There’s a good English and Finnish booklet by Kimmi Korhonen which tells you what you want to know at about the right pace and length.
 
Avant-garde origins never quite let go - why should they - but brilliance, fantastic imaginative orchestra textures and Stravinskian mulch all add to the draw of this music.  

Rob Barnett
 

 

 

 

 

 

 

 

 

 

 

 

 

 

 

 

 

 

 

 

 

 

 

 

 

 

 

 

 

 

 

 

 

 

 

 

 

 

 

 

 

 

 

 

 

 

 

 

 

 

 

 

 

 

 

 

 

 

 

 

 

 

 

 

 

 

 

 


 


EXPLORE MUSICWEB INTERNATIONAL

Making a Donation to MusicWeb

Writing CD reviews for MWI

About MWI
Who we are, where we have come from and how we do it.

Site Map

How to find a review

How to find articles on MusicWeb
Listed in date order

Review Indexes
   By Label
      Select a label and all reviews are listed in Catalogue order
   By Masterwork
            Links from composer names (eg Sibelius) are to resource pages with links to the review indexes for the individual works as well as other resources.

Themed Review pages

Jazz reviews

 

Discographies
   Composer
      Composer surveys
   National
      Unique to MusicWeb -
a comprehensive listing of all LP and CD recordings of given works
.
Prepared by Michael Herman

The Collector’s Guide to Gramophone Company Record Labels 1898 - 1925
Howard Friedman

Book Reviews

Complete Books
We have a number of out of print complete books on-line

Interviews
With Composers, Conductors, Singers, Instumentalists and others
Includes those on the Seen and Heard site

Nostalgia

Nostalgia CD reviews

Records Of The Year
Each reviewer is given the opportunity to select the best of the releases

Monthly Best Buys
Recordings of the Month and Bargains of the Month

Comment
Arthur Butterworth Writes

An occasional column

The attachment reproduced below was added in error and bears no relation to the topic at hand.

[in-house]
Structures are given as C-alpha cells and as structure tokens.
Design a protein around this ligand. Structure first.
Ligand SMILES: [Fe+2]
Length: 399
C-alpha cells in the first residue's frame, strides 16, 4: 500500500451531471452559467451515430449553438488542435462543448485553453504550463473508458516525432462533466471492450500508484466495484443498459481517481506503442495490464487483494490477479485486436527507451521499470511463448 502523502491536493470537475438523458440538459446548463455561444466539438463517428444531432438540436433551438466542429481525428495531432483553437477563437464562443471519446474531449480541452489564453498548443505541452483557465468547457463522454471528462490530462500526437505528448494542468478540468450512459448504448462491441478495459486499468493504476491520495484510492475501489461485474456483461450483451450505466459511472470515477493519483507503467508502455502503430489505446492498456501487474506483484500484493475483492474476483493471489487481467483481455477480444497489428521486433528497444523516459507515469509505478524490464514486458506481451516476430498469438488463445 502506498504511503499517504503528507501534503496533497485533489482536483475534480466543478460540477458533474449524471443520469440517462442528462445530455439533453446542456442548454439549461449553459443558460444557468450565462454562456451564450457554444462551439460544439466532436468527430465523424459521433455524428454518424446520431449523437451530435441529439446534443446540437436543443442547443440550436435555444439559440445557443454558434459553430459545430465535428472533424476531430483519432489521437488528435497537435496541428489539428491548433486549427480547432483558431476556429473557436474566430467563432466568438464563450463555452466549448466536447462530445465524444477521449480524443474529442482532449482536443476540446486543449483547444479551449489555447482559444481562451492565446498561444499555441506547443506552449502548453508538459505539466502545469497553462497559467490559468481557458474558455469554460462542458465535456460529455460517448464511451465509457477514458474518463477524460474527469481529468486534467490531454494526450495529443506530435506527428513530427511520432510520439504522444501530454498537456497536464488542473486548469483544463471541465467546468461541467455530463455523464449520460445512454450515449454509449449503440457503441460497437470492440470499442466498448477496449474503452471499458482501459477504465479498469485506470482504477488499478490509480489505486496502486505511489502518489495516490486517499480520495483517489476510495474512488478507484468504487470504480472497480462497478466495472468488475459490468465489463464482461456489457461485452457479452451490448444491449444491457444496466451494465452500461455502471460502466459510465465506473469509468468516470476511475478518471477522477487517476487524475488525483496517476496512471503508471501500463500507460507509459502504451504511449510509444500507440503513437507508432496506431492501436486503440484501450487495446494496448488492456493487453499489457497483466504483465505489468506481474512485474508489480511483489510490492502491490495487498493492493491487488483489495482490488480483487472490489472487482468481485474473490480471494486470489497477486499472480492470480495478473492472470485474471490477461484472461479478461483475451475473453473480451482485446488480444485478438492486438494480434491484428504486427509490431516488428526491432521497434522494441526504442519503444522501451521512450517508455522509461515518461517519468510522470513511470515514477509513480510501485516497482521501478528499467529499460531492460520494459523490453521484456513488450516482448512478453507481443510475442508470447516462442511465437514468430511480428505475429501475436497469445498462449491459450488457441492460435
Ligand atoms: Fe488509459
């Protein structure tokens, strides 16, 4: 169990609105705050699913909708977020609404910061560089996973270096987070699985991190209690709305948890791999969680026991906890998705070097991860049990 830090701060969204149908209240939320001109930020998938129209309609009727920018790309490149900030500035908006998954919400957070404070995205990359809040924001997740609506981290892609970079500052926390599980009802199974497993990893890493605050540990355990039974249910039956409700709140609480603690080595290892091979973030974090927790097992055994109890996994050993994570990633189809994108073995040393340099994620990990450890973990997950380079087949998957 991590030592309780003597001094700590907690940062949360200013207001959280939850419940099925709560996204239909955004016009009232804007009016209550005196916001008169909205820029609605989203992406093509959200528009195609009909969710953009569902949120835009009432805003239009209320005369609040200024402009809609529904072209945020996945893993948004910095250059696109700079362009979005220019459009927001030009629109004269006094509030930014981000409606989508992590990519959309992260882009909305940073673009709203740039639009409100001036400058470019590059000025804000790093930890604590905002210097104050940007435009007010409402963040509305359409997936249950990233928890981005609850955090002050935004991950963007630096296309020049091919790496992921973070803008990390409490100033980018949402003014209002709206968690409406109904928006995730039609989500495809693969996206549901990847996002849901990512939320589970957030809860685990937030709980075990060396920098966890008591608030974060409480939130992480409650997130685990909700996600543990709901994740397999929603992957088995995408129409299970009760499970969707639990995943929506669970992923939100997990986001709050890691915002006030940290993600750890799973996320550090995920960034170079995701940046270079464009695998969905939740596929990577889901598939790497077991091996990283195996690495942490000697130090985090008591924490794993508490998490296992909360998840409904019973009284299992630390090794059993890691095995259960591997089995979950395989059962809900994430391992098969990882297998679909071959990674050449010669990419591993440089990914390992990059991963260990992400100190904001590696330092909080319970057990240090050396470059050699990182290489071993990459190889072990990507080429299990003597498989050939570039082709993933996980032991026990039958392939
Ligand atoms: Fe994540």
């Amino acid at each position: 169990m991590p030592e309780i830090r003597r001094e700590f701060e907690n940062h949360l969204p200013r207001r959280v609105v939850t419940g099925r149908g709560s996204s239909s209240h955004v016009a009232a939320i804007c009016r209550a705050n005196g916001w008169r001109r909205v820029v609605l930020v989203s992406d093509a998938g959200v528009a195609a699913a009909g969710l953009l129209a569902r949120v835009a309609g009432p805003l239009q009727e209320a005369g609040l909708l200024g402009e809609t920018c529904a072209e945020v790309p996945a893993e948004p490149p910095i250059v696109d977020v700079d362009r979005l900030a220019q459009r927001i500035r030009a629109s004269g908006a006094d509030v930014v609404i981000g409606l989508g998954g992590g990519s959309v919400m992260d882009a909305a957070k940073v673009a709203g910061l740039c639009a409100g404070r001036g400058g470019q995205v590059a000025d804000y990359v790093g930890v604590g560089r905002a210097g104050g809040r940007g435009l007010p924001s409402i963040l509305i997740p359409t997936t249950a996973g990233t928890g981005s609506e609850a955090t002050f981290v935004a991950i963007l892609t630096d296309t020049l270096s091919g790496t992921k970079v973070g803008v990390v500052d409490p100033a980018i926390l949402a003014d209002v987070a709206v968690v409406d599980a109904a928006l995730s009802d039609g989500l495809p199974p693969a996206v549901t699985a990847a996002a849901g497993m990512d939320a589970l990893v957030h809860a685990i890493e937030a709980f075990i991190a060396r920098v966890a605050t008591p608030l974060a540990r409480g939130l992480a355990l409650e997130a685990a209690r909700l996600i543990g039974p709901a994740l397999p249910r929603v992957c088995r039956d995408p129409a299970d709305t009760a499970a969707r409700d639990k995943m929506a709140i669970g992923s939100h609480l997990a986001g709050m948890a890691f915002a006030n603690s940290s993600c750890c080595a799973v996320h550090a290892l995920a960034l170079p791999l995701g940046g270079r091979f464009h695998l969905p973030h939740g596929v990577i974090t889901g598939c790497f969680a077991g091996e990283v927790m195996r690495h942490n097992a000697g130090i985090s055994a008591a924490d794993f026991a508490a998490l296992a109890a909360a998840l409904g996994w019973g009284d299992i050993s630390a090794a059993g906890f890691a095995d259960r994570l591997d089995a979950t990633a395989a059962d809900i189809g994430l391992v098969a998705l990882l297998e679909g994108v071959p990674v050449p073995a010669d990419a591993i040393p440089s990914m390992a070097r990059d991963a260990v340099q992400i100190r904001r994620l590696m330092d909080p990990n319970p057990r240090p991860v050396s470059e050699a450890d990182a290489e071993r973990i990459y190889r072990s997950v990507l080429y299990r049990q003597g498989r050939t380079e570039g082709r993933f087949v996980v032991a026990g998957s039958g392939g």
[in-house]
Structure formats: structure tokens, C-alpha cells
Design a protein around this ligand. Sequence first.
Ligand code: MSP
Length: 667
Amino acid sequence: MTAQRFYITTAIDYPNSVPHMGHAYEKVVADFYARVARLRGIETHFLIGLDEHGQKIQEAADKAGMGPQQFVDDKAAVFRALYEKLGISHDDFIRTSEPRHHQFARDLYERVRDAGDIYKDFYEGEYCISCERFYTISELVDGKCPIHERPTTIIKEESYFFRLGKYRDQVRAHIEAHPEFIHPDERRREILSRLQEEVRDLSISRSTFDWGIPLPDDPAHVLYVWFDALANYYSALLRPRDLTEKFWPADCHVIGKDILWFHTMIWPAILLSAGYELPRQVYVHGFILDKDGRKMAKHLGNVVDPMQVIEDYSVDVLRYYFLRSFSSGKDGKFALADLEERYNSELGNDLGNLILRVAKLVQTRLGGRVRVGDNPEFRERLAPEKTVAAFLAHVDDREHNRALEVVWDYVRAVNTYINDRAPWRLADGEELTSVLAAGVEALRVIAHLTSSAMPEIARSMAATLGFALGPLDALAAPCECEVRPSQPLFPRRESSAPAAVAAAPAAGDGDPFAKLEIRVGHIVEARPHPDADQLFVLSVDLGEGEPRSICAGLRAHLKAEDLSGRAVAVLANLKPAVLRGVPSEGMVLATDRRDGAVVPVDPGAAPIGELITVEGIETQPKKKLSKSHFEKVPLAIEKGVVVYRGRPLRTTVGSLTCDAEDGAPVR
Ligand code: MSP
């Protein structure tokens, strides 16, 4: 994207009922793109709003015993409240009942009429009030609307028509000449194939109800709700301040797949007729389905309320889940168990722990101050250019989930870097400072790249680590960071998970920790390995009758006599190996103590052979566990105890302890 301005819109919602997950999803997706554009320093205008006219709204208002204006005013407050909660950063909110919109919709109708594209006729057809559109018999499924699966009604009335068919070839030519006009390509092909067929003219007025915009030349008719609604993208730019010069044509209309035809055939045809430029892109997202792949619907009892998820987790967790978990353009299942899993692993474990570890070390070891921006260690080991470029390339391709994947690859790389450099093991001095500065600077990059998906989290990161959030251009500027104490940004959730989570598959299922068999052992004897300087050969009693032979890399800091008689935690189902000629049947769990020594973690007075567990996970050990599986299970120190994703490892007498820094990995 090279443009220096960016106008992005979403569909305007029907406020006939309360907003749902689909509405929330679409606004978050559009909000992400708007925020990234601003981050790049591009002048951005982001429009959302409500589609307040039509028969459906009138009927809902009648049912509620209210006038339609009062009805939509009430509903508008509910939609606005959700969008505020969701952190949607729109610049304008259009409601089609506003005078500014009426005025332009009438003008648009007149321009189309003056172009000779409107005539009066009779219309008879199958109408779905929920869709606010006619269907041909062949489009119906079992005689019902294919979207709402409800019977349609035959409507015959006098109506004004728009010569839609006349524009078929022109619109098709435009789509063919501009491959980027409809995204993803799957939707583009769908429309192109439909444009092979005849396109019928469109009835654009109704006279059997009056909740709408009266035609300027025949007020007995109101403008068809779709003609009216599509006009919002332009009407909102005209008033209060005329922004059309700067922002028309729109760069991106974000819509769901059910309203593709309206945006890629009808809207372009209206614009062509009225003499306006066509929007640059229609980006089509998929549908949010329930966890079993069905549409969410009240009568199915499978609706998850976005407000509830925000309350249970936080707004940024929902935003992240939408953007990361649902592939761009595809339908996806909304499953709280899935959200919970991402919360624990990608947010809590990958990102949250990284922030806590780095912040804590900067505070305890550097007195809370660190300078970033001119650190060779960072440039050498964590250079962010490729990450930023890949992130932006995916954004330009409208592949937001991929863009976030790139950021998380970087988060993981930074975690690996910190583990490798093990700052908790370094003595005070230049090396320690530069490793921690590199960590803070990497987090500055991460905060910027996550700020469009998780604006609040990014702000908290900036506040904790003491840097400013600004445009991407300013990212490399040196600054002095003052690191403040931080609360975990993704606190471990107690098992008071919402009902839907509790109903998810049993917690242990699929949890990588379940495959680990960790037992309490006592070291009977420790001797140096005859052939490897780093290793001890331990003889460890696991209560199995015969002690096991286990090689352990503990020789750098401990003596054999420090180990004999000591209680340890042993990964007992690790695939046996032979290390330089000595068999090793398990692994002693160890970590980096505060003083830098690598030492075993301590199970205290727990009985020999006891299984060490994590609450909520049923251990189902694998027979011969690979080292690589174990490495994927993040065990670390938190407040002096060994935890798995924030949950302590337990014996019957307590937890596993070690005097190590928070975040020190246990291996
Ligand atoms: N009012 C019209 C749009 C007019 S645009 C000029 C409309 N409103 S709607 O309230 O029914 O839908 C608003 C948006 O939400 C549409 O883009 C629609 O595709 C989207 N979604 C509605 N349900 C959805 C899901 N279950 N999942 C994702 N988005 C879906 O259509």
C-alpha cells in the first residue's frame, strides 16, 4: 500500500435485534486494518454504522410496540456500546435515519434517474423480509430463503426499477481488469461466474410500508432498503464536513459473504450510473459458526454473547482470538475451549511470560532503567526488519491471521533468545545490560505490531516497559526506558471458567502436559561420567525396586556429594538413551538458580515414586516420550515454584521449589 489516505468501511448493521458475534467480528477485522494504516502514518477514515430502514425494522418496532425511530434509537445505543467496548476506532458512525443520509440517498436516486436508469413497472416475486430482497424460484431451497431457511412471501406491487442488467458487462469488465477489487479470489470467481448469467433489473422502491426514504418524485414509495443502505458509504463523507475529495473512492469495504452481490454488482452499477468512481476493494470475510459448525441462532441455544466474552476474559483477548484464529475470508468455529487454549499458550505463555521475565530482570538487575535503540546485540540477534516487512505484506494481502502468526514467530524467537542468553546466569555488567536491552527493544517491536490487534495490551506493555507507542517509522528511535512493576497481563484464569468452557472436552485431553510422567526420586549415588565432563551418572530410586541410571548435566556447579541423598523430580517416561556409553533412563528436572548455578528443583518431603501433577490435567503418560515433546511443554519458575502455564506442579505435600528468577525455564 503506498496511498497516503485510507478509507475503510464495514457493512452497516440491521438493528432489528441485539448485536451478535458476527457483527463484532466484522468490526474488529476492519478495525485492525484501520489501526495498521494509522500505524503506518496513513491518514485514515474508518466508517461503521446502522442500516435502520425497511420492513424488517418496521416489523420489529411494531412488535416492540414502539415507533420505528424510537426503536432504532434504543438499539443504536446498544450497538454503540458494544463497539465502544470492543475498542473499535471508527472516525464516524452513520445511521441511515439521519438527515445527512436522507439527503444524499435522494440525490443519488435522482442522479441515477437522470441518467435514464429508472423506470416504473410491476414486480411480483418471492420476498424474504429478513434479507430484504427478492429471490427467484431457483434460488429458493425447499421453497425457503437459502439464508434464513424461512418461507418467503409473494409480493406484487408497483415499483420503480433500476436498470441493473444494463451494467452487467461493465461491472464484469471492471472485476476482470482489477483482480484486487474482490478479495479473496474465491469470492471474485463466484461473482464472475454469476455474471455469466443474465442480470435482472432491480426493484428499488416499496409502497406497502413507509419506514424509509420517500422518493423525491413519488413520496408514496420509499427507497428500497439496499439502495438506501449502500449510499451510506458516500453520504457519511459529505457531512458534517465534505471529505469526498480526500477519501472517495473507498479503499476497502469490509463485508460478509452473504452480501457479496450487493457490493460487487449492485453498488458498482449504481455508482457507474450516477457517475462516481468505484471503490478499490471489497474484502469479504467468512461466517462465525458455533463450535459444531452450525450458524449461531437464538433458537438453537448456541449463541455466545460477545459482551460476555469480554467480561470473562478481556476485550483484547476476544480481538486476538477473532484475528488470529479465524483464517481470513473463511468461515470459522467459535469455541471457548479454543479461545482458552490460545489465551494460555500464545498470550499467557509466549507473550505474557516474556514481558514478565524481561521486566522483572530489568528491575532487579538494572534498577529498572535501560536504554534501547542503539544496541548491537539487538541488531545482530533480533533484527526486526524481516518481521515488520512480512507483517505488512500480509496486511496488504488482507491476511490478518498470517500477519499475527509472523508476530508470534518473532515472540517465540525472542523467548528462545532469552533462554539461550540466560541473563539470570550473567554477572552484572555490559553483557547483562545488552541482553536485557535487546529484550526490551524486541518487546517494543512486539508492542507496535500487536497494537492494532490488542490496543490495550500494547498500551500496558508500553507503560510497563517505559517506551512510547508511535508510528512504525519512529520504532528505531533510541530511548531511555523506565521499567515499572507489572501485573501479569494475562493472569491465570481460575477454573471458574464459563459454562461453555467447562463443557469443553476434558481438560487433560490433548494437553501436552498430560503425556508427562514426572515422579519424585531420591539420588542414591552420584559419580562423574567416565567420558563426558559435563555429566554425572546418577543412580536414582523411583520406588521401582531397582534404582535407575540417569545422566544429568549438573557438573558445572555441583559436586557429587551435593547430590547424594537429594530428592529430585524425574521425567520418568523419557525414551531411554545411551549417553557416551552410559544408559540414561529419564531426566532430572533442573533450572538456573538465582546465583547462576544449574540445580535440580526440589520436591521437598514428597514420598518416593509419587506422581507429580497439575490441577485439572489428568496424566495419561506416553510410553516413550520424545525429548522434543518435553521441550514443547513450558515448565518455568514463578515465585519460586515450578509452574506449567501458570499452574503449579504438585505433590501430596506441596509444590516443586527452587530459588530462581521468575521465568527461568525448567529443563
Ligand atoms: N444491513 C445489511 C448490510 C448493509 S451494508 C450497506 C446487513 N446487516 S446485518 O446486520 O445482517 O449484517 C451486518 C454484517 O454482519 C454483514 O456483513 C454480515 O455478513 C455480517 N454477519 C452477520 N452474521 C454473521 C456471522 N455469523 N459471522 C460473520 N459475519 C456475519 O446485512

Phil Scowcroft's Garlands
British Light Music articles

Classical blogs
A listing of Classical Music Blogs external to MusicWeb International

Reviewers Logs
What they have been listening to for pleasure

Announcements

 

Community
Bulletin Board

Give your opinions or seek answers

Reviewers
Pat and present

Helpers invited!

Resources
How Did I Miss That?

Currently suspended but there are a lot there with sound clips


Composer Resources

British Composers

British Light Music Composers

Other composers

Film Music (Archive)
Film Music on the Web (Closed in December 2006)

Programme Notes
For concert organizers

External sites
British Music Society
The BBC Proms
Orchestra Sites
Recording Companies & Retailers
Online Music
Agents & Marketing
Publishers
Other links
Newsgroups
Web News sites etc

PotPourri
A pot-pourri of articles

MW Listening Room
MW Office

Advice to Windows Vista users  
Questionnaire    
Site History  
What they say about us
What we say about us!
Where to get help on the Internet
CD orders By Special Request
Graphics archive
Currency Converter
Dictionary
Magazines
Newsfeed  
Web Ring
Translation Service

Rules for potential reviewers :-)
Do Not Go Here!
April Fools






Untitled Document


Reviews from previous months
Join the mailing list and receive a hyperlinked weekly update on the discs reviewed. details
We welcome feedback on our reviews. Please use the Bulletin Board
Please paste in the first line of your comments the URL of the review to which you refer.